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K.S. Duggal

By W.H. McLeod
Oxford University Press, Delhi, 1976, 30.00

VOLUME II NUMBER 3 May-June 1977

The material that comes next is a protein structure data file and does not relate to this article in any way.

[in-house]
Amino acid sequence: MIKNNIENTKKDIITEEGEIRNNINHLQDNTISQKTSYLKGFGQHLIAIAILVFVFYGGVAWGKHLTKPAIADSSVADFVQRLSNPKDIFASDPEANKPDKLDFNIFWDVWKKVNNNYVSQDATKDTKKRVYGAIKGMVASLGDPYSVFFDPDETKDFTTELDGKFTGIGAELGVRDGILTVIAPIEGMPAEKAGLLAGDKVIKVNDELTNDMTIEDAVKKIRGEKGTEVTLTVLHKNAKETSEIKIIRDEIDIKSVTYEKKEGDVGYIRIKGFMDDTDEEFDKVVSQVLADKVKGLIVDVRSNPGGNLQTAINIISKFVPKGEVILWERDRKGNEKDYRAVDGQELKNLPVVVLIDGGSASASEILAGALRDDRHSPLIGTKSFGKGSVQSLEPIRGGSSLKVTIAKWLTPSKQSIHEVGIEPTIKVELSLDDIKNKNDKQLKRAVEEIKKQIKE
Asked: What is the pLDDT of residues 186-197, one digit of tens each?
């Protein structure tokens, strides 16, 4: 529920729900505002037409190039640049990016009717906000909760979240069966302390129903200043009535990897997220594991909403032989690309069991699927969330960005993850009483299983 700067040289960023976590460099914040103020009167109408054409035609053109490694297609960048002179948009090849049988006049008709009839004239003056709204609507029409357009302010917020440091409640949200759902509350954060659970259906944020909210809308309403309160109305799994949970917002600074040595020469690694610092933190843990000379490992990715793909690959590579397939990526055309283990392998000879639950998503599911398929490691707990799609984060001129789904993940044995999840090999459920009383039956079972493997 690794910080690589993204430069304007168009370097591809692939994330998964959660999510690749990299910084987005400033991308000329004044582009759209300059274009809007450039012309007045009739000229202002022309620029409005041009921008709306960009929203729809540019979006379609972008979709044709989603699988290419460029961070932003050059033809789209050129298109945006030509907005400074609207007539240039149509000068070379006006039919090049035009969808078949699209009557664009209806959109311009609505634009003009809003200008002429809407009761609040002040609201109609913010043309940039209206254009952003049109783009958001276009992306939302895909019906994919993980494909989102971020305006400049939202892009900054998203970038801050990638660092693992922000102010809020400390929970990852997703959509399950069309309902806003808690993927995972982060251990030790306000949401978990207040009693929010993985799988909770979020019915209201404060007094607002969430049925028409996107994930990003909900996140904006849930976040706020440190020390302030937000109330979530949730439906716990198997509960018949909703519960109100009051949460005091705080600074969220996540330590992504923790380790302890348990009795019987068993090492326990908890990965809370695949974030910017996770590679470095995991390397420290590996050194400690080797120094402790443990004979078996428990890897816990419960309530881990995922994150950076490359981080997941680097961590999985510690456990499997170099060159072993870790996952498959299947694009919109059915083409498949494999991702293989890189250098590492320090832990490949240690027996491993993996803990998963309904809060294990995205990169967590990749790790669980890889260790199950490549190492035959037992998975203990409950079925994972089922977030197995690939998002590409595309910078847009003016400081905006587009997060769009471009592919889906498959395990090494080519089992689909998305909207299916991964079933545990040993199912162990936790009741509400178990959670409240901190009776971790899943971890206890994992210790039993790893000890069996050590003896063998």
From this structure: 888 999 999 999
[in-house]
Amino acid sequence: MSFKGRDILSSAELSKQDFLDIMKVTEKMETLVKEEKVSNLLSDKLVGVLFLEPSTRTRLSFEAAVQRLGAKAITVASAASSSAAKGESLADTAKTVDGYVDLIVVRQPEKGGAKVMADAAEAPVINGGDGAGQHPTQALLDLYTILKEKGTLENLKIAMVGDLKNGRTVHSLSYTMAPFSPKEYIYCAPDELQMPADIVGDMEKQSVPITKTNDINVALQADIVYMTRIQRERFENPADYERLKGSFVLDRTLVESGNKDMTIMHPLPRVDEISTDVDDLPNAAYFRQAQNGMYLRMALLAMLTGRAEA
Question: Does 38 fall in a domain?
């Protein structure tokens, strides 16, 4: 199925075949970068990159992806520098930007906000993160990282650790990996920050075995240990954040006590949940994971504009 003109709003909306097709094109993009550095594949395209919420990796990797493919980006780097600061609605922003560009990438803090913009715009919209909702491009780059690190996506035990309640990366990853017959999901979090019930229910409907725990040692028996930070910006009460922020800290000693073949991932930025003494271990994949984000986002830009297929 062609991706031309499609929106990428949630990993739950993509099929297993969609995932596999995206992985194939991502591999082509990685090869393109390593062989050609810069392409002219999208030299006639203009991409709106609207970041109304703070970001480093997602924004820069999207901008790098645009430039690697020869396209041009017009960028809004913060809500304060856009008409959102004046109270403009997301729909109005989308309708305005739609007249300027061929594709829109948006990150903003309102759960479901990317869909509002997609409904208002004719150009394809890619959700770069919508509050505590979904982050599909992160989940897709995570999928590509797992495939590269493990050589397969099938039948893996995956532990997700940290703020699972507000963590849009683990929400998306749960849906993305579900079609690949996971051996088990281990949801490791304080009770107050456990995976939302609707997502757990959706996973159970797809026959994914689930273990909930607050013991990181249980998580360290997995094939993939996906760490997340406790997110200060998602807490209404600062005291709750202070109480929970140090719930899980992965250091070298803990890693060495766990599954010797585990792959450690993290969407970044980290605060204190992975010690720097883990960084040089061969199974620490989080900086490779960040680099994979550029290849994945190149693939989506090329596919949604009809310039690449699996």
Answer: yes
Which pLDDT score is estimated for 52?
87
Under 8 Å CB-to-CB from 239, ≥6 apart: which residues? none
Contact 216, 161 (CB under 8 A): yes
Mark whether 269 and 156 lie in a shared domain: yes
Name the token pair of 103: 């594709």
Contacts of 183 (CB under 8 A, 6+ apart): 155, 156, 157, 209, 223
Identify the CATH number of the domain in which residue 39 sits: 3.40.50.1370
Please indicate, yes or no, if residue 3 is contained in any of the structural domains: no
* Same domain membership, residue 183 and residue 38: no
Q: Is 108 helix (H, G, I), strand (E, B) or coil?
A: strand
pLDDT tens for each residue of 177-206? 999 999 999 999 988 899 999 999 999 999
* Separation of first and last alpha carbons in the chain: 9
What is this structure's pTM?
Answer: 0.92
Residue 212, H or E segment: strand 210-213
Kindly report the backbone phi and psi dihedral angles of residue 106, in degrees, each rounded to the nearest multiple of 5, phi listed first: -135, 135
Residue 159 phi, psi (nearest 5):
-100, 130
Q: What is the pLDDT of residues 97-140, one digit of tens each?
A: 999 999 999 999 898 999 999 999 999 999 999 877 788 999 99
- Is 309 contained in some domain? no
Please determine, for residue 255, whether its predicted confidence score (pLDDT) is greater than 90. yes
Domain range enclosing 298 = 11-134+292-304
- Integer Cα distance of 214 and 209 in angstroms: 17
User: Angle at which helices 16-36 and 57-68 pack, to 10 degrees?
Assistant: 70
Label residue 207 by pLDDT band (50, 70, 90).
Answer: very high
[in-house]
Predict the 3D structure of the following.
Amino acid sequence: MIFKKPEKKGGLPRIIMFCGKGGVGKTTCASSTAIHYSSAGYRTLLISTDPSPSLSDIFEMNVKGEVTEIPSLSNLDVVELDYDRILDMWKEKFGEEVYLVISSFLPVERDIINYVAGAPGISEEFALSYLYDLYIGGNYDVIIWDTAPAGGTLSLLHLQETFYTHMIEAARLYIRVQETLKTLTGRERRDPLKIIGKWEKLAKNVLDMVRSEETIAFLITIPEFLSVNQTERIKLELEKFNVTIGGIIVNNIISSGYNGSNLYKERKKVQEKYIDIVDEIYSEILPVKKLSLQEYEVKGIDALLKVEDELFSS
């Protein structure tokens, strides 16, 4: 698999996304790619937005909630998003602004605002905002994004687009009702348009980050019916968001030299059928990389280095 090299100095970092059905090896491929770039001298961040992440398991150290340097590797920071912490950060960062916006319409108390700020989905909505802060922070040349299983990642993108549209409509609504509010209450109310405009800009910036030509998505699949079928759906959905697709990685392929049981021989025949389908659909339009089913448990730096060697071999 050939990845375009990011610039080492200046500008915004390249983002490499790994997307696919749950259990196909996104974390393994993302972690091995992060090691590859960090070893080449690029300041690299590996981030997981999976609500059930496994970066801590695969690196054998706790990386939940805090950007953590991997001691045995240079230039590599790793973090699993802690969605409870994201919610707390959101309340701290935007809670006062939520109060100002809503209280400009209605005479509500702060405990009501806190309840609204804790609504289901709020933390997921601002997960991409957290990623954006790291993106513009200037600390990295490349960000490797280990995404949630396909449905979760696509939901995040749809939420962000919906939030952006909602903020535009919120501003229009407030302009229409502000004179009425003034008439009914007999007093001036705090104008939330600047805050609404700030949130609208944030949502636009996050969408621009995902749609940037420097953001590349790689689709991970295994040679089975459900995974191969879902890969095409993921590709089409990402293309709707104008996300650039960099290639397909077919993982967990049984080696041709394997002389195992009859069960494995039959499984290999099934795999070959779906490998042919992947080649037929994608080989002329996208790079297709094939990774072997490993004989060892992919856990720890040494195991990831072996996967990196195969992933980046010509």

As a little child my mother told me the story of the founding of Panja Saheb: Guru Nanak once came into wilderness with his disciple. It was hot. The disci­ple thirsted for water. But water was nowhere except on top of a hill where a dervish lived. The dervish would not give water to the follower of an unbelie­ver. He turned back the disciple once, twice, thrice. At this the Guru asked the disciple to pick up a rock and a spring burst forth from under it. The well of the dervish went dry. Furious, the dervish hurled a boulder to crush the Guru and his disciple. The disciple was panicky. But the Guru said, ‘Praise be to the Al­mighty, the Formless One!’ and stopped the boulder with the palm of his hand. I was enjoying the tale but when it came to the Guru holding back the boulder with his hand, it gave me a rude shock. It was not possible. ‘How could a man hold back a boulder with the palm of his hand?’ I asked. Not many days later we heard that an 'incident' had taken place at Panja Saheb. In a far away city, the white man had opened fire on freedom fighters and killed many of them. Those that remained had been bundled into a train and were being sent to a prison in another city. The prisoners were thirsty and hungry. How could a train of thirsty people pass by Panja Saheb where the Guru had quenched the thirst of his dis­ciple? The inhabitants of Panja Saheb asked the train to be stopped at their railway station. No one listened to them. They piled the platform with food and water and sat on the track. The train came like a storm. The engine whistled frantically. But no one moved from the track. All along the track they chanted, ‘Praise be to the Almighty, the Formless One.’ The train began to slow down but it took a little time to halt. Its wheels ran over many men. Then the train went backward. This time the men under it were cut to pieces. My mother was telling the story of Panja Saheb to my little sister. When she came to the Guru stopping the boul­der with the palm, my sister suddenly protested, ‘But how can anyone hold back a big boulder ...

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